if (req.restarts > 0) {
set beresp.http.Fastly-Restarts = req.restarts;
}
# If the response is setting a cookie, make sure it is not cached
if (beresp.http.Set-Cookie) {
return(pass);
}
# By default we set a TTL based on the `Cache-Control` header but we don't parse additional directives
# like `private` and `no-store`. Private in particular should be respected at the edge:
if (beresp.http.Cache-Control ~ "(private|no-store)") {
return(pass);
}
# If no TTL has been provided in the response headers, set a default
if (!beresp.http.Expires && !beresp.http.Surrogate-Control ~ "max-age" && !beresp.http.Cache-Control ~ "(s-maxage|max-age)") {
set beresp.ttl = 3600s;
# Apply a longer default TTL for images processed using Image Optimizer
if (req.http.X-Fastly-Imageopto-Api) {
set beresp.ttl = 2592000s; # 30 days
set beresp.http.Cache-Control = "max-age=2592000, public";
}
}
return(deliver);
}
sub vcl_error {
#FASTLY error
return(deliver);
}
sub vcl_deliver {
#FASTLY deliver
return(deliver);
}
sub vcl_log {
#FASTLY log
}

Writing your own VCL

Many common use cases for VCL are explored in our code examples gallery. The best practices guide also helps you understand how to avoid pitfalls and write safer, more secure edge code. Our fiddle tool also allows you to interactively write and execute VCL code without logging into Fastly, giving you space to experiment and test your ideas.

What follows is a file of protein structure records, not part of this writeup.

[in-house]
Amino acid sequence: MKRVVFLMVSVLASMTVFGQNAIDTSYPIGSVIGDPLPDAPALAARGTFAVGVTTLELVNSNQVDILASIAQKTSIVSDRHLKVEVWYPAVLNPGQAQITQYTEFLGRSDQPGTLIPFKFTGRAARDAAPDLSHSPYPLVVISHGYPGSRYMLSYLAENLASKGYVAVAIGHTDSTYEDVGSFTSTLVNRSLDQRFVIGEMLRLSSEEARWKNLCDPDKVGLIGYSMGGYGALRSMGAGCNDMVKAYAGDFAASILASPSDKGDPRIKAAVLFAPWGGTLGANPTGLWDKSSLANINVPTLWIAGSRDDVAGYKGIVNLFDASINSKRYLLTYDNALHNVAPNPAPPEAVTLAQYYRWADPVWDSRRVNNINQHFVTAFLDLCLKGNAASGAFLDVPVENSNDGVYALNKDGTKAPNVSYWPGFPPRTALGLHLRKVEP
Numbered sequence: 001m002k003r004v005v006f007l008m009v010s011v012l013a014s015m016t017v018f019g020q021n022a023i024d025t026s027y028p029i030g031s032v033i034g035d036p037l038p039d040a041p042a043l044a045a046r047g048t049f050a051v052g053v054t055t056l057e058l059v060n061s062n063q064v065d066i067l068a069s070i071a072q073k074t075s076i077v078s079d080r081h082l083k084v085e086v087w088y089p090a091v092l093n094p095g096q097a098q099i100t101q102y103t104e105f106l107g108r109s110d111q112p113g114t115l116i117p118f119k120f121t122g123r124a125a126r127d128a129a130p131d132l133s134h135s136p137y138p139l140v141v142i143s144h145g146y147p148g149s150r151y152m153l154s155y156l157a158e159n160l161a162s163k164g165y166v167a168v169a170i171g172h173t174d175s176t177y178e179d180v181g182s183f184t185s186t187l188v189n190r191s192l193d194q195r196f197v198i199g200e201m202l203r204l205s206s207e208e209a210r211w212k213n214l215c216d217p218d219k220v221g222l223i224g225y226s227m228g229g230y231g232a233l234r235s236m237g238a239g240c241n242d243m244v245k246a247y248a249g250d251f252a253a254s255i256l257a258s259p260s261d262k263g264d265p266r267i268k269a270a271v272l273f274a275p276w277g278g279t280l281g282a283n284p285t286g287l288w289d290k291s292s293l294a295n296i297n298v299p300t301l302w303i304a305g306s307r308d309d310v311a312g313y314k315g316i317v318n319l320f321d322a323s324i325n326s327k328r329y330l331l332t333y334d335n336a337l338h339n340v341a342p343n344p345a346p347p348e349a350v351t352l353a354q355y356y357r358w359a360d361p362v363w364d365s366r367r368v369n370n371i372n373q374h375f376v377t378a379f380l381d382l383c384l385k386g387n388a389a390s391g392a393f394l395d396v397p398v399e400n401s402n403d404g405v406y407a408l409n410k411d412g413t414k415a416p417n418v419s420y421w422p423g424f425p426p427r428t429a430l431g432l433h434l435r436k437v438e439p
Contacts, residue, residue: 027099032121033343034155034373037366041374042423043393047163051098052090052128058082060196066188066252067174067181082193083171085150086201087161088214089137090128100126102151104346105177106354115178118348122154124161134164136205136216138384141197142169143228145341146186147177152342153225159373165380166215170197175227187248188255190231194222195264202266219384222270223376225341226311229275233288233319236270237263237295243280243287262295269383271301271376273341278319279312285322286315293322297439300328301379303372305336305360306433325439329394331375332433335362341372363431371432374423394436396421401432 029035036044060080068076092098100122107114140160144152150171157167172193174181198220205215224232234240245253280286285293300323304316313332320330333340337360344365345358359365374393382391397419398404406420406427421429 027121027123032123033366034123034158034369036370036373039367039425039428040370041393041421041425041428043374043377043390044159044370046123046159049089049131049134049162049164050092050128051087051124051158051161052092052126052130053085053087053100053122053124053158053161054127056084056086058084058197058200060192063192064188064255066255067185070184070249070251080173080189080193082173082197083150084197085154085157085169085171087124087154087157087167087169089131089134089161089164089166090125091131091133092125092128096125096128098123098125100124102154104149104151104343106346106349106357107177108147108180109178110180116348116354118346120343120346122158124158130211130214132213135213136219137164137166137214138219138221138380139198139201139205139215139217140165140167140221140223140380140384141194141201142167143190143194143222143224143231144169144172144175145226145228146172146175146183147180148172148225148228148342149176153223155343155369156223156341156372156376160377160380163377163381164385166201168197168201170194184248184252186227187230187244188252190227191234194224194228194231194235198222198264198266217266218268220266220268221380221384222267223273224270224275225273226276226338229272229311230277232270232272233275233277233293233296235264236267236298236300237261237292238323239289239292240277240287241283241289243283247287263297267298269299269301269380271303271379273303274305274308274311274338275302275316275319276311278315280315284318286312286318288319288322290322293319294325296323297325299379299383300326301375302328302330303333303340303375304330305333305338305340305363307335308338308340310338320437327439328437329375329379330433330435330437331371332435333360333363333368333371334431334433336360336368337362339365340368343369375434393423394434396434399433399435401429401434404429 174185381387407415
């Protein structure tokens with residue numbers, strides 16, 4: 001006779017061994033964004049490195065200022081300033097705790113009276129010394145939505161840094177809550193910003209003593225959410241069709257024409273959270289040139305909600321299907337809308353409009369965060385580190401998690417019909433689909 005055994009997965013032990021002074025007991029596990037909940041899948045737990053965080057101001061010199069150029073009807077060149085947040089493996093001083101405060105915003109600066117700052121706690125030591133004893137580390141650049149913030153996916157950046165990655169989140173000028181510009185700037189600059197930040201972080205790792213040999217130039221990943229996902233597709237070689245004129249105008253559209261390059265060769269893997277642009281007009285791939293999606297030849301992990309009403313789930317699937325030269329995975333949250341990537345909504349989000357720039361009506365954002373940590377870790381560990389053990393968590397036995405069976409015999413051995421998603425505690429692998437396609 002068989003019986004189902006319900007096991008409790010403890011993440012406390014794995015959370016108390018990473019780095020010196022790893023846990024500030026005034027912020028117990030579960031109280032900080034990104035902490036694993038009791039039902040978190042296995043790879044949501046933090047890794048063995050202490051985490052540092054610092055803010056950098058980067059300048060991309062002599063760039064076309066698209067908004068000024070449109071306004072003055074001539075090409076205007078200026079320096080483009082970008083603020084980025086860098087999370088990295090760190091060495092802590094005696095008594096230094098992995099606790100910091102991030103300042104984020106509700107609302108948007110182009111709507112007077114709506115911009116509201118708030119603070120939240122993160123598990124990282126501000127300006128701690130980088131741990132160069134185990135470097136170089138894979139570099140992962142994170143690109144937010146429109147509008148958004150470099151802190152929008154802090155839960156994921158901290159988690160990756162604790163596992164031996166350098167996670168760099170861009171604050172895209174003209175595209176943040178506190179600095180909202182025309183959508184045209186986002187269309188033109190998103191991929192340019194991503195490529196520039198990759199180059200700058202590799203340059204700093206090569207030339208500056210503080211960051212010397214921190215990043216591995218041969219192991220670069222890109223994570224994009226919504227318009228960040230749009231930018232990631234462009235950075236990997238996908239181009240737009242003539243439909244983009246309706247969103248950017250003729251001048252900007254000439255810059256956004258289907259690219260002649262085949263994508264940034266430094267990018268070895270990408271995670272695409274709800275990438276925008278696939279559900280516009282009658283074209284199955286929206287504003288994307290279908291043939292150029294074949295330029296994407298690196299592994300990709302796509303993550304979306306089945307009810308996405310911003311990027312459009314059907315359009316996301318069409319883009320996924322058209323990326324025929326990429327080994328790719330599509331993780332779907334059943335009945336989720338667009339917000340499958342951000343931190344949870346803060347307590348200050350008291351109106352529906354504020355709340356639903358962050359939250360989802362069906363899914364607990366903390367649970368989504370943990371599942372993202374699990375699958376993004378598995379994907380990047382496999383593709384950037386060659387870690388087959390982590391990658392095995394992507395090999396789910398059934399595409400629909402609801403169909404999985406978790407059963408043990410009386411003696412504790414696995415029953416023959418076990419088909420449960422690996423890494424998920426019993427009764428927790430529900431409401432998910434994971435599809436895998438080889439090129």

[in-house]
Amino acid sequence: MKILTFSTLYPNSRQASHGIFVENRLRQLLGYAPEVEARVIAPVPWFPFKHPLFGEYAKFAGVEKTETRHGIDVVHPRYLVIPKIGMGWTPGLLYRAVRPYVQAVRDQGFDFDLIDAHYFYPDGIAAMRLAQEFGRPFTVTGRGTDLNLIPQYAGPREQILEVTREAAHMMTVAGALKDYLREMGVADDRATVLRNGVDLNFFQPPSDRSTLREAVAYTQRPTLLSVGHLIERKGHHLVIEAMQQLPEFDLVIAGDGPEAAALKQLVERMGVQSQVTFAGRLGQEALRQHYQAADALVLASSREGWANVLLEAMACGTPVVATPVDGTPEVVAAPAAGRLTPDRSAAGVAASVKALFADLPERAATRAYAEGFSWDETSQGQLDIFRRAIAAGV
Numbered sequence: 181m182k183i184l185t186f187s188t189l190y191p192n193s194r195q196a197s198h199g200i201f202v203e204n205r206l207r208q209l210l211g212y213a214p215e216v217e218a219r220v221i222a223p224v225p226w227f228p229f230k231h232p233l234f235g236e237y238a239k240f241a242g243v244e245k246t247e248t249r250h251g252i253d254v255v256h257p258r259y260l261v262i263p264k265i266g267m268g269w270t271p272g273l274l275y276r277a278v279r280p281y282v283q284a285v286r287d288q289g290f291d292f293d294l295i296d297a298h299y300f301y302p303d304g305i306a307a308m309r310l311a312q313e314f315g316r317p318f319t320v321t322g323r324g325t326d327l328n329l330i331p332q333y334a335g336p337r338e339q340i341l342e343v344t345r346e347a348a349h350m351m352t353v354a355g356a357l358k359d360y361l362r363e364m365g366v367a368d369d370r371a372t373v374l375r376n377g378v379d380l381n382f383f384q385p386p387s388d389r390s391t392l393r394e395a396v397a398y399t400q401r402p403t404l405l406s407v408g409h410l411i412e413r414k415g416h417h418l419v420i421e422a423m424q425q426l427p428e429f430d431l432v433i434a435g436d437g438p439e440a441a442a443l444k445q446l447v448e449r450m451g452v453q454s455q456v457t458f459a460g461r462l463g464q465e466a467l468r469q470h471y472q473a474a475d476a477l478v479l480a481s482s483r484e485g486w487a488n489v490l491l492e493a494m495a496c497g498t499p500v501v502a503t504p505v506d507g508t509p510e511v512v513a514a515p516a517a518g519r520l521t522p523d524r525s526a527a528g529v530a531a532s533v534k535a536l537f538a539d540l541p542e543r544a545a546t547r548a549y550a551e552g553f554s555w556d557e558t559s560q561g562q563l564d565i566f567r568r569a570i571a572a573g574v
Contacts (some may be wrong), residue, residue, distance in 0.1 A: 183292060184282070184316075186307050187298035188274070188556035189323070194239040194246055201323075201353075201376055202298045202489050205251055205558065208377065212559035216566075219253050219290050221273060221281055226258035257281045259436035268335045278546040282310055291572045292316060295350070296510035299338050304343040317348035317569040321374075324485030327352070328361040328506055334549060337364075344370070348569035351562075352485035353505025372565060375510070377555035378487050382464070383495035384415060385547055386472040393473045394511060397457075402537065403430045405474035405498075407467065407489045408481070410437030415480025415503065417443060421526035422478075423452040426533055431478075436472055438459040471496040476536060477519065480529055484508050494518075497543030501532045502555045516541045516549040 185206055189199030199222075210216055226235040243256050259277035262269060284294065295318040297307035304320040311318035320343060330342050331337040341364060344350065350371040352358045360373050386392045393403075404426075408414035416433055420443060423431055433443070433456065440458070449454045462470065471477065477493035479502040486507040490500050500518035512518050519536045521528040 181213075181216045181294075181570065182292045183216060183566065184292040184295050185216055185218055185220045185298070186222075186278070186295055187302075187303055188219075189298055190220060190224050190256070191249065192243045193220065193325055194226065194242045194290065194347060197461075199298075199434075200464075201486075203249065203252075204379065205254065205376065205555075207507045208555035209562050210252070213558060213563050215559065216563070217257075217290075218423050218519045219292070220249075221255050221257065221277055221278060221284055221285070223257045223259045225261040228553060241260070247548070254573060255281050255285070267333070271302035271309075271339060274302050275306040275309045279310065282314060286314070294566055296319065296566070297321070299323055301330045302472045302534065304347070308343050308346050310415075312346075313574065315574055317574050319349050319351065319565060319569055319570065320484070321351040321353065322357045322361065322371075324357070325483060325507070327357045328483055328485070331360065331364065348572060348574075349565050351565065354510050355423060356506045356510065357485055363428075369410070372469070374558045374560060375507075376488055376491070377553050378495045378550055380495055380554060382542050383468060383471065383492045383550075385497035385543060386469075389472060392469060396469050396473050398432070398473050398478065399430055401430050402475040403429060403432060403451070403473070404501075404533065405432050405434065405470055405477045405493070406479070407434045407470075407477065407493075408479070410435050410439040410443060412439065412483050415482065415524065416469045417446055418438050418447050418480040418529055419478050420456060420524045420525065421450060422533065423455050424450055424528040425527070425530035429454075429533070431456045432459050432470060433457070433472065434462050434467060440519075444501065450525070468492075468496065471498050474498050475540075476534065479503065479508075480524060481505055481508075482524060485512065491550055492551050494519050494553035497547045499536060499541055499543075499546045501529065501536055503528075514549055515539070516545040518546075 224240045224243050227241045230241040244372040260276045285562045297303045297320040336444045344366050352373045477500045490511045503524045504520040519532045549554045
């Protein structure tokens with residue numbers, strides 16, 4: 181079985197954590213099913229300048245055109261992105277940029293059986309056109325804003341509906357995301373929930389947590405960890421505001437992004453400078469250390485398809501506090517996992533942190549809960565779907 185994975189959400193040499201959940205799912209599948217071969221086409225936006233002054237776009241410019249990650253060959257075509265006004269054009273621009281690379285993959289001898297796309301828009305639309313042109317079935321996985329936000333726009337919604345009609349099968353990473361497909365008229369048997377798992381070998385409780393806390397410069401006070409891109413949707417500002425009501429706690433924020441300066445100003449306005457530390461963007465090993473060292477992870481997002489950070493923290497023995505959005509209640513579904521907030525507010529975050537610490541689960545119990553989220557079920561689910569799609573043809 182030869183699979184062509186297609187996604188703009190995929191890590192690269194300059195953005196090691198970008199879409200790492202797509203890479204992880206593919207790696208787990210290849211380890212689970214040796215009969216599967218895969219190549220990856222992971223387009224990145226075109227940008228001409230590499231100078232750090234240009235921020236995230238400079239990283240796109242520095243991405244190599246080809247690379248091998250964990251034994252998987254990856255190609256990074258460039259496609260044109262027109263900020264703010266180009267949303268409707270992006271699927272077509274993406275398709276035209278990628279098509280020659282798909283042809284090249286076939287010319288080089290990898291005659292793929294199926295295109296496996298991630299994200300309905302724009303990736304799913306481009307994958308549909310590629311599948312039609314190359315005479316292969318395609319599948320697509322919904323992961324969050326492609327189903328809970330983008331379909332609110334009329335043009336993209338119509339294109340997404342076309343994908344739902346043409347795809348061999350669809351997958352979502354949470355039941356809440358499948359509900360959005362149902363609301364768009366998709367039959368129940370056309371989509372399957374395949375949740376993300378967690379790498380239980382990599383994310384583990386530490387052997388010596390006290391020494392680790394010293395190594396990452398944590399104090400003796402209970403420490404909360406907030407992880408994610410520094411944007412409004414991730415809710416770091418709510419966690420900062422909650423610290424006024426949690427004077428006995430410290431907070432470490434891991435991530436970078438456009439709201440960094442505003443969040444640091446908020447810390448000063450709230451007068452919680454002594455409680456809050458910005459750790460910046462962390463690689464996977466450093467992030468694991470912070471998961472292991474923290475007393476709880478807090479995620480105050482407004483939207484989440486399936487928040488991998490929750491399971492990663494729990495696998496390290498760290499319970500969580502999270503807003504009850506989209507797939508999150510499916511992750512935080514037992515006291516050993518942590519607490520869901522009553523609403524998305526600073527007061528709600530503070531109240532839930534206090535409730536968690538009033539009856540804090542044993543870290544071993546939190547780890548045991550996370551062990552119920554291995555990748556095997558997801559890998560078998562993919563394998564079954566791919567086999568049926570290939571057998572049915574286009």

This section summarises some of the most common VCL use cases.

Manipulating headers

The set and unset statements allow for setting and unsetting HTTP headers on requests and responses. For example, in vcl_fetch, you could write:

sub vcl_fetch { ... }
Fastly VCL
set beresp.http.Cache-Control = "public, max-age=3600";
unset beresp.http.x-goog-request-id;

The {OBJ-NAME}.http.{HEADER-NAME} pattern is available for req, bereq, resp, beresp, and obj. See VCL variables for details of where each of these is available, but in general:

To add/remove headers on......use thisExample use cases
Client requestreq.http.{NAME} in vcl_recvRemove cookie header to strip credentials
Store data to refer to later in VCL
Backend requestbereq.http.{NAME} in vcl_miss and vcl_passAdd authentication headers